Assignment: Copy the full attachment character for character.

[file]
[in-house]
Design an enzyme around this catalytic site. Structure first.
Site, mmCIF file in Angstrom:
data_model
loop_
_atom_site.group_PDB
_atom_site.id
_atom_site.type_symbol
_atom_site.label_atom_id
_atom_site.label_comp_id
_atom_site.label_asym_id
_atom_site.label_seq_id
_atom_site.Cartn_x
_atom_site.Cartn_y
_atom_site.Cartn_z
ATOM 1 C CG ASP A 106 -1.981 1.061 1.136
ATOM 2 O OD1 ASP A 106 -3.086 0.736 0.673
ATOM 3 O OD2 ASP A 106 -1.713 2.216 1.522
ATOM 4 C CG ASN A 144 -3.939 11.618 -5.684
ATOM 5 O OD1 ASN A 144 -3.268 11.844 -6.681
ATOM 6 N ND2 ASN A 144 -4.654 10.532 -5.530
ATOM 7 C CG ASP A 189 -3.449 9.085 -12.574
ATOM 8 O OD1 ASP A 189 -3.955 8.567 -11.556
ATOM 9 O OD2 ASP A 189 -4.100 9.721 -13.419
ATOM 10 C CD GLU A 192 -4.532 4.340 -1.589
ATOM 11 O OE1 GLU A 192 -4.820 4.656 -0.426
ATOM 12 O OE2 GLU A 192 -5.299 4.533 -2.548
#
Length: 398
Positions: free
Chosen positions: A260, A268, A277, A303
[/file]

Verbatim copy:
[in-house]
Design an enzyme around this catalytic site. Structure first.
Site, mmCIF file in Angstrom:
data_model
loop_
_atom_site.group_PDB
_atom_site.id
_atom_site.type_symbol
_atom_site.label_atom_id
_atom_site.label_comp_id
_atom_site.label_asym_id
_atom_site.label_seq_id
_atom_site.Cartn_x
_atom_site.Cartn_y
_atom_site.Cartn_z
ATOM 1 C CG ASP A 106 -1.981 1.061 1.136
ATOM 2 O OD1 ASP A 106 -3.086 0.736 0.673
ATOM 3 O OD2 ASP A 106 -1.713 2.216 1.522
ATOM 4 C CG ASN A 144 -3.939 11.618 -5.684
ATOM 5 O OD1 ASN A 144 -3.268 11.844 -6.681
ATOM 6 N ND2 ASN A 144 -4.654 10.532 -5.530
ATOM 7 C CG ASP A 189 -3.449 9.085 -12.574
ATOM 8 O OD1 ASP A 189 -3.955 8.567 -11.556
ATOM 9 O OD2 ASP A 189 -4.100 9.721 -13.419
ATOM 10 C CD GLU A 192 -4.532 4.340 -1.589
ATOM 11 O OE1 GLU A 192 -4.820 4.656 -0.426
ATOM 12 O OE2 GLU A 192 -5.299 4.533 -2.548
#
Length: 398
Positions: free
Chosen positions: A260, A268, A277, A303